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CD Review

Victor Herbert

Naxos 8.573517
  • Cello Concerto #1 in D Major (1884)
  • Cello Concerto #2 in E minor (1894)
  • Irish Rhapsody for Grand Orchestra
Mark Kosower, cello
Ulster Orchestra/JoAnn Falletta
Naxos 8.573517 64:00
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My only comparison with this recording is one by Lynn Harrell and Neville Marriner from nearly three decades ago, with the two concertos and 5 Pieces for Cello and Strings. (YoYo Ma has another recording I have not heard.) Prior to hearing the cello concertos my only acquaintance with Victor Herbert (1859-1924) was Babes in Toyland and other music of that sort. But his light music was a late development in his career, some time after he came to America. He was born in Dublin but grew up in Stuttgart, Germany, by way of a brief time in London in early childhood. He toured central Europe as a cellist and became a cellist in the Würtemberg Court Opera. He arrived in America in 1886. Herr Herbert never entirely lost a German accent. After joining a string quartet, and playing solo cello in several concertos, he began conducting and in 1889 he joined the teaching staff of the new National Conservatory of Music. Antonín Dvořák was the Director there and, when Herbert's Second Cello Concerto was premiered, Dvořák not only enthusiastically embraced Herbert but was inspired to write his own Cello Concerto.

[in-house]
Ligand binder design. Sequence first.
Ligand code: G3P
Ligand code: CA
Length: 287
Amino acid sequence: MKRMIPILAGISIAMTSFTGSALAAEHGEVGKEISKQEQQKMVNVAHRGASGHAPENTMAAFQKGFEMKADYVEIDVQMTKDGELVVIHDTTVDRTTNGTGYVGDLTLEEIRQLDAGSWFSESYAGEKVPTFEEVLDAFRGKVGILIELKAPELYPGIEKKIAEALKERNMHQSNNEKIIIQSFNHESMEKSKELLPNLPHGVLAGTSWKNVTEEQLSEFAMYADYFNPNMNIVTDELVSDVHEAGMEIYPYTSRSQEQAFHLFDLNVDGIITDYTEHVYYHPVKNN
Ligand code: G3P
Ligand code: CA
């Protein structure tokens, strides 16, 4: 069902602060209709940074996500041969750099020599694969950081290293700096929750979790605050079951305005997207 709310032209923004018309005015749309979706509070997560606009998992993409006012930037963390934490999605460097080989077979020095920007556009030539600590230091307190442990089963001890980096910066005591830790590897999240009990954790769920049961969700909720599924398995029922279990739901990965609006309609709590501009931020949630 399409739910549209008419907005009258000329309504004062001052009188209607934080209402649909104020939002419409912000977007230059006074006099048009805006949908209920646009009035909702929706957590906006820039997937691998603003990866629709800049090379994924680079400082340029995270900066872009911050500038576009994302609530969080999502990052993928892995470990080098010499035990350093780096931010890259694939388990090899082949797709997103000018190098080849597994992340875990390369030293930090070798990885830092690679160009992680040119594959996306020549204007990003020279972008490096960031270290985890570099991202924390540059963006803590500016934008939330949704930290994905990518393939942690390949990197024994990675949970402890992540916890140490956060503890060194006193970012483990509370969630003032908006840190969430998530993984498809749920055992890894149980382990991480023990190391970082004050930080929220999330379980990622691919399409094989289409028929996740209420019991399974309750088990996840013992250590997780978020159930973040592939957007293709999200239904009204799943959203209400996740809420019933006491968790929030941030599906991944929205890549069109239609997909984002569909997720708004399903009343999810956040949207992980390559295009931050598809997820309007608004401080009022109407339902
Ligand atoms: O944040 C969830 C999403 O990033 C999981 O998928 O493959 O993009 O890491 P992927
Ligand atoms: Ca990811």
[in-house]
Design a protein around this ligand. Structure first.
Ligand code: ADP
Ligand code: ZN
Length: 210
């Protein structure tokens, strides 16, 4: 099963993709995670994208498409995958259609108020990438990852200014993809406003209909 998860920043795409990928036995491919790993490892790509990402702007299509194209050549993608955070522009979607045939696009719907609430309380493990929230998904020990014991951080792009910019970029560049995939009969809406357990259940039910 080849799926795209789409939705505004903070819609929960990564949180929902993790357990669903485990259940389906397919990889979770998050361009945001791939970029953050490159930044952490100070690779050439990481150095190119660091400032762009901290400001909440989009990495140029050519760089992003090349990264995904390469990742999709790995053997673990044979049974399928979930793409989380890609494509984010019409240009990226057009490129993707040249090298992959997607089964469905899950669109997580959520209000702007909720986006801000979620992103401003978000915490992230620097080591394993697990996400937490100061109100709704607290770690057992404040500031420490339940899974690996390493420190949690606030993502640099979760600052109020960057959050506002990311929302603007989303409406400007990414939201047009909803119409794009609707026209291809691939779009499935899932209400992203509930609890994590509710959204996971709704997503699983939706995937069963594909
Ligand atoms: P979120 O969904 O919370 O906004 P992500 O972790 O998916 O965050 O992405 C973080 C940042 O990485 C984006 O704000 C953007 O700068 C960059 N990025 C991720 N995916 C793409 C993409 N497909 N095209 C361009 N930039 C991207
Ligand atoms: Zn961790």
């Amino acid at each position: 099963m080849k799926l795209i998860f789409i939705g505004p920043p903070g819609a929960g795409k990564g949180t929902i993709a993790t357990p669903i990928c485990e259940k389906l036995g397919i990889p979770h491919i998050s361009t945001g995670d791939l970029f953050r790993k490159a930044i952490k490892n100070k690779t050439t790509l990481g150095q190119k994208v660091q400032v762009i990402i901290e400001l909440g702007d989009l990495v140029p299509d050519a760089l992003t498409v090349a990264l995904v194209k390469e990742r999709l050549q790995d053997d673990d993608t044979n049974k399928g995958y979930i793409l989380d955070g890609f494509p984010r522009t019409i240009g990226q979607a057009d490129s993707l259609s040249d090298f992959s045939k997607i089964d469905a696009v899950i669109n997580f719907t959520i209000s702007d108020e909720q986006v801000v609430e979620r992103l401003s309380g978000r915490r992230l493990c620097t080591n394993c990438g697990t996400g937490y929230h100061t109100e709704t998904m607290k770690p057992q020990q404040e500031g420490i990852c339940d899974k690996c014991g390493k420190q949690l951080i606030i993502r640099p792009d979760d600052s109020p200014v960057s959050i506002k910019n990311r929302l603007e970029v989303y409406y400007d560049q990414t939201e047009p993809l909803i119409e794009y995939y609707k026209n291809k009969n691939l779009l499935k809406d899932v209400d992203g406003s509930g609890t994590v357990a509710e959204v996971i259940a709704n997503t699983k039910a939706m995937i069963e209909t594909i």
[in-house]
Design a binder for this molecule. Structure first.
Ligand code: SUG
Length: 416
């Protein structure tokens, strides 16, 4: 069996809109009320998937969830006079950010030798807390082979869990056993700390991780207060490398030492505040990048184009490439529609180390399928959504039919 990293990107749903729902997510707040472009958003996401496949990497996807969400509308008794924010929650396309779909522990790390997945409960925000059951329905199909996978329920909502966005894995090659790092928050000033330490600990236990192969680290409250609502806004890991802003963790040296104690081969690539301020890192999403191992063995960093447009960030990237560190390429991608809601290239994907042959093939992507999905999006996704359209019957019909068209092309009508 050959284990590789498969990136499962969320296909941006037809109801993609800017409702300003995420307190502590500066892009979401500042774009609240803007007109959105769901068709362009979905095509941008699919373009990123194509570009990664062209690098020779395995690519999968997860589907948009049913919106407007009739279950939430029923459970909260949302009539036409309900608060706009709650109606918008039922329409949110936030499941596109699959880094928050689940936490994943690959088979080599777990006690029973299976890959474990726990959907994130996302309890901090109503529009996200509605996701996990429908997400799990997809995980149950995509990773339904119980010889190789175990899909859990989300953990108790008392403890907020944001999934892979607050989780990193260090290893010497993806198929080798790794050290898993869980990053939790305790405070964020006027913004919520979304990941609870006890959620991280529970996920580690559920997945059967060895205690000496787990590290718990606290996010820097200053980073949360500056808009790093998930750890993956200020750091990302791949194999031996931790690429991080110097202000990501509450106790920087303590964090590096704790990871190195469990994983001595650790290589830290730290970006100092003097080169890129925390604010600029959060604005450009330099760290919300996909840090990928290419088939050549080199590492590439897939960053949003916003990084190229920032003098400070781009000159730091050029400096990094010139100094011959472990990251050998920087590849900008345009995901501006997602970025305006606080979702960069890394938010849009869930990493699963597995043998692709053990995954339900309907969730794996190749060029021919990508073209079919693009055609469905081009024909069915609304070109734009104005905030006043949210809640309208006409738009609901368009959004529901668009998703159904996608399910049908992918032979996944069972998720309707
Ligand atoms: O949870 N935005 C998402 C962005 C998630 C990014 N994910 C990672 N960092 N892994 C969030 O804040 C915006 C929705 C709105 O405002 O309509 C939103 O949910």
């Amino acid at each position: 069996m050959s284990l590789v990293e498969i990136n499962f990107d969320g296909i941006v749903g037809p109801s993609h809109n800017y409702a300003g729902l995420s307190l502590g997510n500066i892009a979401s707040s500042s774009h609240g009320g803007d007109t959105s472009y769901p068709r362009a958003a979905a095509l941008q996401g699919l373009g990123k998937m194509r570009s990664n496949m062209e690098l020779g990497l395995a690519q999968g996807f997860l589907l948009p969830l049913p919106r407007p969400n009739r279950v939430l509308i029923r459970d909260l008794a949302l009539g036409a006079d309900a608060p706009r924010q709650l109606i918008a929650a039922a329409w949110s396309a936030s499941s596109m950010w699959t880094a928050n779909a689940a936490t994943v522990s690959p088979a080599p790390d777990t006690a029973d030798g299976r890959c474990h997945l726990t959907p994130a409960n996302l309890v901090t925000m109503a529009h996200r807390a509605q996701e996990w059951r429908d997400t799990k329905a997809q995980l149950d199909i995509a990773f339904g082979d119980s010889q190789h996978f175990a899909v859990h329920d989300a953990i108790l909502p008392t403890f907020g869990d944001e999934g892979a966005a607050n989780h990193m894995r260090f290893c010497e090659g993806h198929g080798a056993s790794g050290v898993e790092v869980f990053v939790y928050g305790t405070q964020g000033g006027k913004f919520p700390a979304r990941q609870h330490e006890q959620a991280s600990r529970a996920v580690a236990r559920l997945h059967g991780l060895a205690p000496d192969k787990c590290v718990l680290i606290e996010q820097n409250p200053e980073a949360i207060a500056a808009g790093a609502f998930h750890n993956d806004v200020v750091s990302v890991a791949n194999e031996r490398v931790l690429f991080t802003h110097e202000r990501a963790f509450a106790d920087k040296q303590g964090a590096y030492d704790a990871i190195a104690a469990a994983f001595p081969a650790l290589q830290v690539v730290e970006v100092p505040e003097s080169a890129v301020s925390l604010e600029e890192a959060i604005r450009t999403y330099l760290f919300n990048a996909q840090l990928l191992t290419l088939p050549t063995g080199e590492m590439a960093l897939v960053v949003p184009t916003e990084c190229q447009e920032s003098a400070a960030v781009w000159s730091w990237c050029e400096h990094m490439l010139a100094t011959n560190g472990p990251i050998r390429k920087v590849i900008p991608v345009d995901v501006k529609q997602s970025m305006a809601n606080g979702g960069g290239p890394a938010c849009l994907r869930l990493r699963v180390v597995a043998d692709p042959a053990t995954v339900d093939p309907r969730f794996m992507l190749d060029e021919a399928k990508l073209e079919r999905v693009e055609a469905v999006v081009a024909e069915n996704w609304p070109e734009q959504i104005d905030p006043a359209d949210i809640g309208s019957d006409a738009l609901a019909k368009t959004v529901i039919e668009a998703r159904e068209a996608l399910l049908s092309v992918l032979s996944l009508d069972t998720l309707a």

Both of Herbert's concertos are in the traditional three-movement form, though in the second concerto, shorter than the first, the duration of the three movements were nearly the same, within two minutes. They are of course late romantic in mood. The first is more lyrical, the second more forceful, especially at the outset.

The pleasant Irish Rhapsody is largely based on traditional Irish songs and runs about a quarter hour.

I have no previous acquaintance with Kosower, but he studies with János Starker, of whom I have high regard, and he has appeared as soloist with orchestras on three continents under major conductors. His performance here is excellent, as is that of Falletta, who has an enormous repertoire.


Copyright © 2016, R. James Tobin